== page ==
New Mexico: Two ballot machines malfunction at Doña Ana County Government Center | Las Cruces Sun-News
Two ballot-tabulating machines malfunctioned Tuesday during early voting at the Doña Ana County Government Center, ruffling feathers among voters and election officials. However, county election officials assured the problem — which is still under review — won’t harm the integrity of the election. That’s because paper ballots counted by the affected machines can be fed into different, functional machines, they said. Doña Ana County elections supervisor Scott Krahling said election workers at the site noticed Tuesday morning that ballots weren’t being accepted by the machines as readily as in past days of early voting. Voters often would insert a valid ballot, only for the machines to reject it.
As primary-elections wraps-up and general elections approaches in November, voter technicians are excited about the new technology they have. A new machine called I.C.E. will ultimately change the way voters vote in the future. The past decade technology has taken the world by storm. Here in Tallahassee the supervisor of elections Ion Sancho’s office and staff have worked hard in getting this new technology out to the capital cities voting poles and precincts. William Stewart a voting system tech here at the Leon County branch is hands on with this new technology. Testing and deploying voting equipment, the ImageCast Evolution also known to them as I.C.E. was the main attraction. “Combining two devices in one makes casting audio and visual ballots easier and faster for voters” said Stewart.
A computer glitch that marred Monday’s New Brunswick election has raised concerns about the perils of electronic voting, just as many Ontario municipalities are preparing to use the newest ballot-box technologies in next month’s elections. At least two dozen Ontario towns and cities — including Halton, Burlington, Oshawa and Markham — have signed service contracts with Toronto-based Dominion Voting Systems Corporation to let residents use Internet, telephone and vote-counting technologies when they vote for mayor, councillors, school board members and other elected officials on Oct. 27. The company, which counts former chief electoral officer Jean-Pierre Kingsley as chair of its advisory board, was employed to bring New Brunswick’s election agency into the 21st century through the use of vote-tabulation machines. Instead, the firm ended up taking blame for one of the most disputed Canadian elections in recent memory.
New Mexico voters in the Nov. 4 general election will cast ballots using new voting machines, which have cost the state nearly $12 million over the past two years to purchase and set up. Secretary of State Dianna Duran’s chief of staff Ken Ortiz said county clerks in all 33 counties have received thorough training on the machines in recent months. “Our office is confident that there is an adequate plan in place for election night,” Ortiz told the Journal in an email. A Legislative Finance Committee report released earlier this month raised questions about relying on the machines’ Colorado-based vendor for oversight and troubleshooting.
The state will reimburse Racine County municipalities about $42,000 for costs related to touch-screen voting machines. The Racine County Board unanimously approved a resolution authorizing the reimbursement in its meeting Tuesday. The money will extend maintenance agreements on the machines by three years and four months, County Clerk Wendy Christensen said. The county will apply for the reimbursement and then distribute the money to each of the 17 municipalities, Christensen said.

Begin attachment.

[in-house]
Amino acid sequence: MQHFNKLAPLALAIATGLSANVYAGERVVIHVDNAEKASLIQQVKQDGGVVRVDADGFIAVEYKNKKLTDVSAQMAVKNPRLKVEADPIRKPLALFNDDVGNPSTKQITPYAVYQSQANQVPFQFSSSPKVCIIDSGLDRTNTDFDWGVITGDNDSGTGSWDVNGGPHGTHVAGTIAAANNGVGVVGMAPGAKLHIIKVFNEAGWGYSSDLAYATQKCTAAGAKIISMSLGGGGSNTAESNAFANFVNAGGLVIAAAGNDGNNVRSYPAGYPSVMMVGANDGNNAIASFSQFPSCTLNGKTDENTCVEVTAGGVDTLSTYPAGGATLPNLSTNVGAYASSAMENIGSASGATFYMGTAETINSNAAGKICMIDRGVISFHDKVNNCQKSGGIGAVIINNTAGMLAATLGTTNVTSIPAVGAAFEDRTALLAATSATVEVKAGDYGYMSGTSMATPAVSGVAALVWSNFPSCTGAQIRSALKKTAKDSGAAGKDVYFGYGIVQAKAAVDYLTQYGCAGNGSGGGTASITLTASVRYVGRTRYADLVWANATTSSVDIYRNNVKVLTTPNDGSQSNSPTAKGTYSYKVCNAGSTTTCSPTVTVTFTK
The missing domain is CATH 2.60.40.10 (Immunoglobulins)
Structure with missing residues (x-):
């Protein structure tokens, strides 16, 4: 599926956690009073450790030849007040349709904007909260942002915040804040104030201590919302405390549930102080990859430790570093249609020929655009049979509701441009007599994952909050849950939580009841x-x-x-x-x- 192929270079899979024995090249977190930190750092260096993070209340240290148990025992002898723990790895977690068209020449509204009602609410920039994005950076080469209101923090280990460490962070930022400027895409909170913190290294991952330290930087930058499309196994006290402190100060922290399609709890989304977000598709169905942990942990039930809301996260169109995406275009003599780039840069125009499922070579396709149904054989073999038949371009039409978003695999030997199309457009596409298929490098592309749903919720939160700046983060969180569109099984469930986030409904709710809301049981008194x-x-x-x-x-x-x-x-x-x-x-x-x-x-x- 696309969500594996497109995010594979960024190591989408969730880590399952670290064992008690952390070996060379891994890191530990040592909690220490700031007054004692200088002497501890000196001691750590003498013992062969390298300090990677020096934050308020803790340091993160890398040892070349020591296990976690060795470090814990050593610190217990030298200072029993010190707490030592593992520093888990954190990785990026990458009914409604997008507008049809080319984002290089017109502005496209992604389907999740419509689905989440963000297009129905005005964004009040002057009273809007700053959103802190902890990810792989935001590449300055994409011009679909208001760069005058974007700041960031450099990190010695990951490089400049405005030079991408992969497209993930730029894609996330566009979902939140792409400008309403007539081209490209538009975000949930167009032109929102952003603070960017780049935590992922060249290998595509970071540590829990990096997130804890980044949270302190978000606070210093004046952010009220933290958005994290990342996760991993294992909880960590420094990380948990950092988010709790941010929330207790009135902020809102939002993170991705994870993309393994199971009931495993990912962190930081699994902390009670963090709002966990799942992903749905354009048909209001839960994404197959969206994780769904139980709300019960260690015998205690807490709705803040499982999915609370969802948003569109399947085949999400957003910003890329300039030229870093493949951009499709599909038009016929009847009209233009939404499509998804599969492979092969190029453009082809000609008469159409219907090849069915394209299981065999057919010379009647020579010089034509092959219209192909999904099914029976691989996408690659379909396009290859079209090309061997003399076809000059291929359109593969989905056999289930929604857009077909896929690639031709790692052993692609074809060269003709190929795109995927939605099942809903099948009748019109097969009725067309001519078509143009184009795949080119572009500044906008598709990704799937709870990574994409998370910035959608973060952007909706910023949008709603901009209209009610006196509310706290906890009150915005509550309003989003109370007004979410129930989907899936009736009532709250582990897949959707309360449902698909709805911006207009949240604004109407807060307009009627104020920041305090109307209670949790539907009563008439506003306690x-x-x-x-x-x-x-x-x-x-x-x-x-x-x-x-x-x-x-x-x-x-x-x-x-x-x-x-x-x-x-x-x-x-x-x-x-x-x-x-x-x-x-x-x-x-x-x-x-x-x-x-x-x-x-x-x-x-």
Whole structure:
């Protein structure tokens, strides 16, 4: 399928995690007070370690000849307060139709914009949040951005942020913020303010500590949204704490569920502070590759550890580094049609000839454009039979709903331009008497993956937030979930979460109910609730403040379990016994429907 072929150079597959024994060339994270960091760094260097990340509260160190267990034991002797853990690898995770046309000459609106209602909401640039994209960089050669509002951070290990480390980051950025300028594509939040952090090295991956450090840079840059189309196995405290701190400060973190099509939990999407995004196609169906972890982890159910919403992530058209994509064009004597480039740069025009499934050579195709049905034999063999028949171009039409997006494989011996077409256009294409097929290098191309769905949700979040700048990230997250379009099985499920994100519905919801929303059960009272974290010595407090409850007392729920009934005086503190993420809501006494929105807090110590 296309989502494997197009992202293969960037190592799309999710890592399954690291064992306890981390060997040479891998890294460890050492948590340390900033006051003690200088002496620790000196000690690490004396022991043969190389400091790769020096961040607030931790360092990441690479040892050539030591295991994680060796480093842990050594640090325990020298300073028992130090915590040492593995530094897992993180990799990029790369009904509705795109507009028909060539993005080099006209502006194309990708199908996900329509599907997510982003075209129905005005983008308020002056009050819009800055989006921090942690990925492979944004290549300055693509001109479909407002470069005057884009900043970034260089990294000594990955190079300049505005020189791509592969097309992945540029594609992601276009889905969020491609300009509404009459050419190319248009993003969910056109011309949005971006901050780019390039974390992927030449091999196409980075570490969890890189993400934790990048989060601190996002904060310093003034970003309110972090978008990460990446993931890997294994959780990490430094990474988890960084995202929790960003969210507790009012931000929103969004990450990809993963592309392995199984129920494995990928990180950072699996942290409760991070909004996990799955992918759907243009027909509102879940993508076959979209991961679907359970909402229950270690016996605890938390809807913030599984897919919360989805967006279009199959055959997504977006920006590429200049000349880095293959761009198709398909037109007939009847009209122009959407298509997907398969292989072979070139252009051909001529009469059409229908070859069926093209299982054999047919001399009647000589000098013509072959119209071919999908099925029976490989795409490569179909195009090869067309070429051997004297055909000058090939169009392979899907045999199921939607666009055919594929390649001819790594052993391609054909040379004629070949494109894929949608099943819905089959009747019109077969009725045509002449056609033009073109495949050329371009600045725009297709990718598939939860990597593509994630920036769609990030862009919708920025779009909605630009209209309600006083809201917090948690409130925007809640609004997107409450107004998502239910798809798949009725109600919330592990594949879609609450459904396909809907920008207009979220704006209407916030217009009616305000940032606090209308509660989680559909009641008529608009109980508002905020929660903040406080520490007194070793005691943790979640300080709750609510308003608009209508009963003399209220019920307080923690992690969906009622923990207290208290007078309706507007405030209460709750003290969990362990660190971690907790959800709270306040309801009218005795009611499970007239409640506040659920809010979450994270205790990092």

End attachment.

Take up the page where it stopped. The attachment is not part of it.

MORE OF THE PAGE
Santa Fe County voters will cast their ballots on new voting machines during the November general election.
But voters and any other member of the public can get a sneak peek and even test vote on the new machines starting this week. … The new voting machines replace equipment that Barraza said was becoming obsolete. “They’re not making parts for them anymore,” he said, referring to the older equipment. “We had them since 2006, but they had been around longer than that.”
The Lucas County Board of Elections stayed up all night, through 9 a.m. today, to finish tabulating the May 6 election results — pushing through multiple problems that included missing data cards, an accidental deletion of a computer file containing votes, and tension between two board members that prompted a sheriff’s deputy to intervene. Trouble with the election, which was being tabulated at the board’s early vote center, became apparent at 11:30 p.m. Tuesday. At that point, less than 73 percent of the results were posted online and had not been updated for about an hour. Board member Jon Stainbrook told The Blade just before midnight that six data cards were missing, which was holding up the election count. The board didn’t finalize the primary election count until 9:28 a.m., after completing all-night count of the votes. Final election turnout was 10.15 percent, with about 31,695 of Lucas County’s 312,412 registered voters casting ballots. The turnout in Ohio’s last gubernatorial primary, in 2010, was about 17 percent in Lucas County. The election was wrought with problems, the most grievous being the missing cards.
It’s election day in Tennessee, and in Hamilton county, new voting machines make their debut. “I thought it went through fine,” said one of the first voters on Tuesday Morning. For the first time in 15 years there’s a new voting machine at each of the 75 polling locations in Hamilton county. “We have multiple audit features to the system as well as multiple reconciliation and security features as well,” said Mark Beckstrand, with Dominion Voting Systems. He says the machines meet the highest standards set by the federal government.
Councillor Chris Peabody is concerned about the safety of internet voting. Peabody says he has been in contact with two computer specialists from M.I.T and Yale who feel the same way. After reviewing Brockton’s yet to be signed contract with Dominion Voting, Peabody says these experts have identified a number of concerns — including the fact Dominion Voting does not allow a third party to challenge the system.